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Two teens killed in ATV accident near Hopeulikit
Police: ATV ran stop sign
Anna Harris, 16, white shirt, and Sarah Andersen, 15, place a flower on the side of Williams Road Thursday to remember their friends Tracy Deal, Jr., 13, and Devin Miller, 15, who were killed in an All-Terrain Vehicle accident Wednesday. - photo by HOLLI DEAL BRAGG/staff
    Two Hopeulikit teens were killed Wednesday evening after they ran a stop sign a short distance away from their homes.
    Tracy Randall Deal Jr., 13, was taking a friend, Devin S. Miller, 15, home just before 8 p.m. Wednesday when the teens, riding a four-wheeler, ran a stop sign on Colfax Road West at the intersection with Williams Road, said Anna Kathryn Harris, 16.
    She and another girl, Sarah Andersen, 15, were also riding a four-wheeler and were on their way to meet Deal after he took Miller home, she said. The girls did not see the accident occur, but were at the scene a short time after it happened, she said.
    Georgia State Patrol Trooper First-Class C. A. Hutchinson said the boys pulled into the path of a 2003 Ford F350 work truck driven by Brian Morgan Evans, 26, Akins Smith Road.
    The truck struck the four-wheeler, ejecting the teens, who were not wearing helmets, he said. They both were killed on impact.
    No charges were filed in the accident, Hutchinson said.
    Harris said she and Andersen had " been riding all day with them.
    "Devin Miller was like my brother," she said.
    "They've been best friends since second grade," Andersen said.
    The girls returned to the scene Thursday morning, where orange paint marked where each boy had been found in the roadway, and a small memorial of two flowers were staked where Deal's body came to rest. Neither girl could explain a woman's black sandal that was placed next to the memorial.
    Both girls were somber, and obviously still in shock over the tragic deaths of their friends and neighbors.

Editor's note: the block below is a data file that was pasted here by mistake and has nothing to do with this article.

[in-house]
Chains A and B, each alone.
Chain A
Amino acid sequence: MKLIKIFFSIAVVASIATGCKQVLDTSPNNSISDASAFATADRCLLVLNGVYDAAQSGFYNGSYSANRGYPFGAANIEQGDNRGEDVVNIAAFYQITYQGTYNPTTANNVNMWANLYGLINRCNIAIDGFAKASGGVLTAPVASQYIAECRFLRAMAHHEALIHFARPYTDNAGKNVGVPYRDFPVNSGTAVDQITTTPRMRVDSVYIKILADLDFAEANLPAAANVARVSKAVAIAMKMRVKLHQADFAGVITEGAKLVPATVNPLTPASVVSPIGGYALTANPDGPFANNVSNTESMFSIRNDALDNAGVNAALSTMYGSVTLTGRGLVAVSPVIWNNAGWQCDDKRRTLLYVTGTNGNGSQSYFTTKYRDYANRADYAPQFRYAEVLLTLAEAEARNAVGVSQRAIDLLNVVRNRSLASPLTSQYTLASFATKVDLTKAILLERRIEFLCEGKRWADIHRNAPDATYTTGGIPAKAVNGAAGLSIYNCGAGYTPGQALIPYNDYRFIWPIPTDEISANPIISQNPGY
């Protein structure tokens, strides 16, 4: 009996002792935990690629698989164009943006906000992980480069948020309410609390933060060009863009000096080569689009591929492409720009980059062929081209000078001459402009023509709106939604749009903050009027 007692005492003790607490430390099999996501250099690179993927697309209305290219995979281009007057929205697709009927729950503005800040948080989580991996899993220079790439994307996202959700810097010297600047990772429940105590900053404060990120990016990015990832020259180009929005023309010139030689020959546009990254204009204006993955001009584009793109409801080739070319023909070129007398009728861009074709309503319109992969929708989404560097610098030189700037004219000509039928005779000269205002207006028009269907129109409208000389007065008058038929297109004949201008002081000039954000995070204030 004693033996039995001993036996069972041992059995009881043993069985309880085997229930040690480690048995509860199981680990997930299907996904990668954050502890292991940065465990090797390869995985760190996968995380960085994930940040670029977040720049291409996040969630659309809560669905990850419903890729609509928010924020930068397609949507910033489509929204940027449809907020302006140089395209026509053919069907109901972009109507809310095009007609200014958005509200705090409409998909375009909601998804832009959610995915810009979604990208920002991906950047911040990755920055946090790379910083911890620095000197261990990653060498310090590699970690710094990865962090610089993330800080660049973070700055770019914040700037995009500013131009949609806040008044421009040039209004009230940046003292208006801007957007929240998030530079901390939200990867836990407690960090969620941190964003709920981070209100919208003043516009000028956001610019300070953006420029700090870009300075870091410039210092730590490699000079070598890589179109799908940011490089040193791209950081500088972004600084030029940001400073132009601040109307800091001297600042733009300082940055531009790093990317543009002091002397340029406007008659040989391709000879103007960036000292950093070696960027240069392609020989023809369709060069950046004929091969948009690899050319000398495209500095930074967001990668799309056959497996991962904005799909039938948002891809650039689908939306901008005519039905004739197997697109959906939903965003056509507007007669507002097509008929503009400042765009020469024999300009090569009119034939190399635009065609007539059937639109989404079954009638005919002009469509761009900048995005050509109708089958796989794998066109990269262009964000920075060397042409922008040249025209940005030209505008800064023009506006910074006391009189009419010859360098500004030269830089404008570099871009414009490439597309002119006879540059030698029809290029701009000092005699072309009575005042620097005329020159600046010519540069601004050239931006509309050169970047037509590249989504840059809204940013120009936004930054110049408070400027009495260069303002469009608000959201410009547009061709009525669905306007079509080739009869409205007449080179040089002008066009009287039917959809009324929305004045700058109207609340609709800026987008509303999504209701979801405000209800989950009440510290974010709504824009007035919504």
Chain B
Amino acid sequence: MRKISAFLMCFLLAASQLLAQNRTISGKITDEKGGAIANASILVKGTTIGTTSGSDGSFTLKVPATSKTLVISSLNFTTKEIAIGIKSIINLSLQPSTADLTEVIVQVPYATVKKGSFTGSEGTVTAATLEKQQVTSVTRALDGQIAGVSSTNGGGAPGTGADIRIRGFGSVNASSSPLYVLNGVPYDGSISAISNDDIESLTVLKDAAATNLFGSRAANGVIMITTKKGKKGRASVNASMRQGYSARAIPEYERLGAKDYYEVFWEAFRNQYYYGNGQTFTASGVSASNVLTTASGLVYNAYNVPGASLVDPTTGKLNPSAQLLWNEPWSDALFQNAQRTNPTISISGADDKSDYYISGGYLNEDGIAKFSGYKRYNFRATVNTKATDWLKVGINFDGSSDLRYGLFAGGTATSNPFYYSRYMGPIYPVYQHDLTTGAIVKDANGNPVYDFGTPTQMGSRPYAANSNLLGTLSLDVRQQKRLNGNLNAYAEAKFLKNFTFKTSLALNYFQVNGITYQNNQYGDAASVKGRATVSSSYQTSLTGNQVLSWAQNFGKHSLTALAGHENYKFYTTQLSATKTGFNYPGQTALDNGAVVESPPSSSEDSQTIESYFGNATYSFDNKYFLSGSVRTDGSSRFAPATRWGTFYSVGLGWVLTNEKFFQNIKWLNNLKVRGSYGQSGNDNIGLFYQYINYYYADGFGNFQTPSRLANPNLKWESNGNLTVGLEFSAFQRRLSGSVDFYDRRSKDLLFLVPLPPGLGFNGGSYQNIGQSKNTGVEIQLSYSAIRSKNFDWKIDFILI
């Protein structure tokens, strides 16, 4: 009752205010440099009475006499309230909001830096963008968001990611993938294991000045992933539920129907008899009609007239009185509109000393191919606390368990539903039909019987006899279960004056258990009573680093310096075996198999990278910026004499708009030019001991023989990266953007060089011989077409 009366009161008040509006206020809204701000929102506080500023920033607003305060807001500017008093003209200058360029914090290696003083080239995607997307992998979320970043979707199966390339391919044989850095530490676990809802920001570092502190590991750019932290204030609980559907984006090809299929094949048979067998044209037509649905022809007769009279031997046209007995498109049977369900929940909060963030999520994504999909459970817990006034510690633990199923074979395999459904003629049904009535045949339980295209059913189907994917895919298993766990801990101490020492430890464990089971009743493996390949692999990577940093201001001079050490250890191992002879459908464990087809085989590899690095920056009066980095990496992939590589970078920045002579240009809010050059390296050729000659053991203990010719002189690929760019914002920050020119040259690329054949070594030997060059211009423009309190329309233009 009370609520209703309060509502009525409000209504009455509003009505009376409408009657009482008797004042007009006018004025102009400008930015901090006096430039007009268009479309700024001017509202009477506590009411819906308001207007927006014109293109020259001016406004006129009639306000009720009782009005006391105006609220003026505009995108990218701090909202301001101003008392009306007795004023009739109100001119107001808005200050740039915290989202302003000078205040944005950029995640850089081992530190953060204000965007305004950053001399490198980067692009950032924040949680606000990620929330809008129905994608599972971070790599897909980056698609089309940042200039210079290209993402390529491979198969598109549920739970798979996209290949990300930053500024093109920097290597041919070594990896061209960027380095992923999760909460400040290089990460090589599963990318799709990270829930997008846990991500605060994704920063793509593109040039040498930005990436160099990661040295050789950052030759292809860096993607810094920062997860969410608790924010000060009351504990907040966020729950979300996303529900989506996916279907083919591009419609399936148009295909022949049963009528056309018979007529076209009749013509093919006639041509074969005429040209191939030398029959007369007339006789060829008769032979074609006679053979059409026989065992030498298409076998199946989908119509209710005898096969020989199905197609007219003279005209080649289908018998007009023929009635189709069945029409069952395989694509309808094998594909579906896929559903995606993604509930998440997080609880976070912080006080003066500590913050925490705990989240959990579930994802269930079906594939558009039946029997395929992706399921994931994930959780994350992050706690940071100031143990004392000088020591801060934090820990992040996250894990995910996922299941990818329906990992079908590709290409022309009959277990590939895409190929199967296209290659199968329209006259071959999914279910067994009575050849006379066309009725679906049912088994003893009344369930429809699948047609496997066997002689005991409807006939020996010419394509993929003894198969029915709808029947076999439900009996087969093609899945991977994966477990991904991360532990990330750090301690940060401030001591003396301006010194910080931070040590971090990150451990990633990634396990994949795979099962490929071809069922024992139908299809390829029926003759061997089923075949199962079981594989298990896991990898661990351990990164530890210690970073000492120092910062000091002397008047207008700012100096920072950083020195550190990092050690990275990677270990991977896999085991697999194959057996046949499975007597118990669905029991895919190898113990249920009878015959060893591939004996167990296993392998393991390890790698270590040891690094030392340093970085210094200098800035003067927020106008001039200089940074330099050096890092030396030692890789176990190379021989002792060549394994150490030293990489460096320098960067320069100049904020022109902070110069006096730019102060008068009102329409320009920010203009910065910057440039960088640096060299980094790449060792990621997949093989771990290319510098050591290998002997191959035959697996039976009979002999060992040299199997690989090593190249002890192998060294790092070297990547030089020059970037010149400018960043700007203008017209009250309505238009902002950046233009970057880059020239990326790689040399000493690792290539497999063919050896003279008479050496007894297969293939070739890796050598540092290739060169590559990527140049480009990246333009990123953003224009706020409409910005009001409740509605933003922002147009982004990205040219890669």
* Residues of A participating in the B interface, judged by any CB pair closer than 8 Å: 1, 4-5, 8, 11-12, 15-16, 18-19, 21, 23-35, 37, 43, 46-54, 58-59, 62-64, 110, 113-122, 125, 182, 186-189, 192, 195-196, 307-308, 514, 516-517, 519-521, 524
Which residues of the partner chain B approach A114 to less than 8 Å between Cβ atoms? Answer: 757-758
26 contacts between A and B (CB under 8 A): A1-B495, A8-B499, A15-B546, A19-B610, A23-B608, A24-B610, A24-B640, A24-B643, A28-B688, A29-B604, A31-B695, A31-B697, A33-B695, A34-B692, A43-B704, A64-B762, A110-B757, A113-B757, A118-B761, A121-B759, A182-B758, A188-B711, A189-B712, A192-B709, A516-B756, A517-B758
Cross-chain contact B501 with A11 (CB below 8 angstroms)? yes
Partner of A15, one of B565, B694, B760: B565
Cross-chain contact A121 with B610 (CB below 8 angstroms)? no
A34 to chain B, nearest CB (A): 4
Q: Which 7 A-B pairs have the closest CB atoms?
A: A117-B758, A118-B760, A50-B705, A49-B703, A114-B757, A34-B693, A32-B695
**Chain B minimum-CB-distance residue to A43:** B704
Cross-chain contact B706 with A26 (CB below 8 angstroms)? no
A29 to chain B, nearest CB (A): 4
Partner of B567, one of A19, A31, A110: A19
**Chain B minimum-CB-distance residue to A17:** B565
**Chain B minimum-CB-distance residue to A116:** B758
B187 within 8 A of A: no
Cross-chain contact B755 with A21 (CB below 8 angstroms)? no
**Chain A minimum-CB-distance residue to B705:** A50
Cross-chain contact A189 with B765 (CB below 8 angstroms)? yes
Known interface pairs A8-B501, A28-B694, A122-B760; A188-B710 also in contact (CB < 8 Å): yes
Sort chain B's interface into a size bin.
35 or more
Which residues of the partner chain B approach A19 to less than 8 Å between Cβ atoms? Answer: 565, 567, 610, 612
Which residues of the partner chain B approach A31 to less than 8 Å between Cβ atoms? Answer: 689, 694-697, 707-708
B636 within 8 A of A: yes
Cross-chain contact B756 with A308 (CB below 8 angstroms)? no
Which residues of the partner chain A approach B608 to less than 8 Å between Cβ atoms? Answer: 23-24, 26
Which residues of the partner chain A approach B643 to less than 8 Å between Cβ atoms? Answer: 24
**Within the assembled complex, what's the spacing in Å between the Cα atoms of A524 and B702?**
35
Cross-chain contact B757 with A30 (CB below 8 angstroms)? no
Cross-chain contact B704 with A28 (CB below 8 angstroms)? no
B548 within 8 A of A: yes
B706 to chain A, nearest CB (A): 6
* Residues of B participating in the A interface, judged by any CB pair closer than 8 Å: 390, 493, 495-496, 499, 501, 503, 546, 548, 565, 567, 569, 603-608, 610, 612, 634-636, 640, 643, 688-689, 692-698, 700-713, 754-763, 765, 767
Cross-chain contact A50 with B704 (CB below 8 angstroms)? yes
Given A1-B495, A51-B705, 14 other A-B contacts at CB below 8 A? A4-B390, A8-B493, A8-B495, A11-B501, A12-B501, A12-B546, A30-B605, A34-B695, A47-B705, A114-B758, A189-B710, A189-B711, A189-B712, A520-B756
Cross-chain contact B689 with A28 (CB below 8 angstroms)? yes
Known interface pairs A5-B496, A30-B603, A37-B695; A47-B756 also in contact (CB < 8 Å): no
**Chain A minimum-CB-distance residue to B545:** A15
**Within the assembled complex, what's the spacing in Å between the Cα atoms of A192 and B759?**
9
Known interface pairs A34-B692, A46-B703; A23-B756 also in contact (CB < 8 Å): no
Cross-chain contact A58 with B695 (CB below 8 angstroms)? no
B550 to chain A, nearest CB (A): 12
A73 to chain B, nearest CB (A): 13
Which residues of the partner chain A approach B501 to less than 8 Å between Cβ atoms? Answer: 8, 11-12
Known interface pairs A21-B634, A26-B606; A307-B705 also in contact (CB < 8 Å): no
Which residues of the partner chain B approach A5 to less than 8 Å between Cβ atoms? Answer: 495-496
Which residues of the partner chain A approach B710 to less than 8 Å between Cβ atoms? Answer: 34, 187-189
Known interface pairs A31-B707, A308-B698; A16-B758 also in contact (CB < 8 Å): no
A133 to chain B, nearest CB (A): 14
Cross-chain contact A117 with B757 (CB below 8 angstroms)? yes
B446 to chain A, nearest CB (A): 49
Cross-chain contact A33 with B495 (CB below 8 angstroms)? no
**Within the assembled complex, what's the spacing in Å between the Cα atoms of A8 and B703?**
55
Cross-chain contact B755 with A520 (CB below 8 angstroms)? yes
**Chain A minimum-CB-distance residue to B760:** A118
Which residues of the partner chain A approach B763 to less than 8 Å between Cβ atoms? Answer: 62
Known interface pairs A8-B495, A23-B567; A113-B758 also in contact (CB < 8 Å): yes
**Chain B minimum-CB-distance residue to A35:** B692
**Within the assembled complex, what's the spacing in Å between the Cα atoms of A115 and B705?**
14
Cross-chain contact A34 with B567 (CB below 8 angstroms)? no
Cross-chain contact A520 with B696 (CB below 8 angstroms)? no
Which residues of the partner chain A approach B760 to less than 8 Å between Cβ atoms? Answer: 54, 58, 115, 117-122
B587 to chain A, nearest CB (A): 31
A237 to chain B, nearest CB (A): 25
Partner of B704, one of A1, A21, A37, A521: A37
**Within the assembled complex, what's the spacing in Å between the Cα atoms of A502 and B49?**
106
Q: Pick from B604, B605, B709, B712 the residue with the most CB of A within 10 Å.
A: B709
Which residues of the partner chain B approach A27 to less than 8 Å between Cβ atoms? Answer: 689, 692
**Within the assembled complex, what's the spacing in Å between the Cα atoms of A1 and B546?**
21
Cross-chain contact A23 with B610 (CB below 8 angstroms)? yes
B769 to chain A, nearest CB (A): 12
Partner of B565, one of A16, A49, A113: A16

When asked how they felt about riding four wheelers again, Harris shook her head.
    "I told my Dad last night he could sell (her four-wheeler)."
    Hutchinson said while there are laws governing issues regarding riding four-wheelers or other ATVs, there are no current laws banning riding them on public roadways or highways.
    Citations can be issued to riders who are operating the ATV for DUI, reckless driving, no registration ( unless the ATV is used for agricultural purposes);  no insurance, implied consent, and exhaust violation, according to information from the Georgia Department of Public Safety, Hutchinson said.
    The following citations can be issued if a driver is operating an ATV on a highway:  no horn, tire violation, headlights, brake lights and taillights violations , no driver's license , and brakes violations, he said.
    There is no law requiring ATV riders to wear helmets, he said.
     According to the Consumer Product Safety Commission, there were 555 reported ATV-related deaths in 2006, the latest year for which statistics are available. That year also saw an estimated 146,600 emergency room-treated injuries from ATV accidents.
   Since 1982, the CPSC has reported an estimated 240 ATV-related deaths in Georgia. From 1982 to 2002, the latest year for which statistics are available, 68 children under 16 died in ATV accidents in the state.
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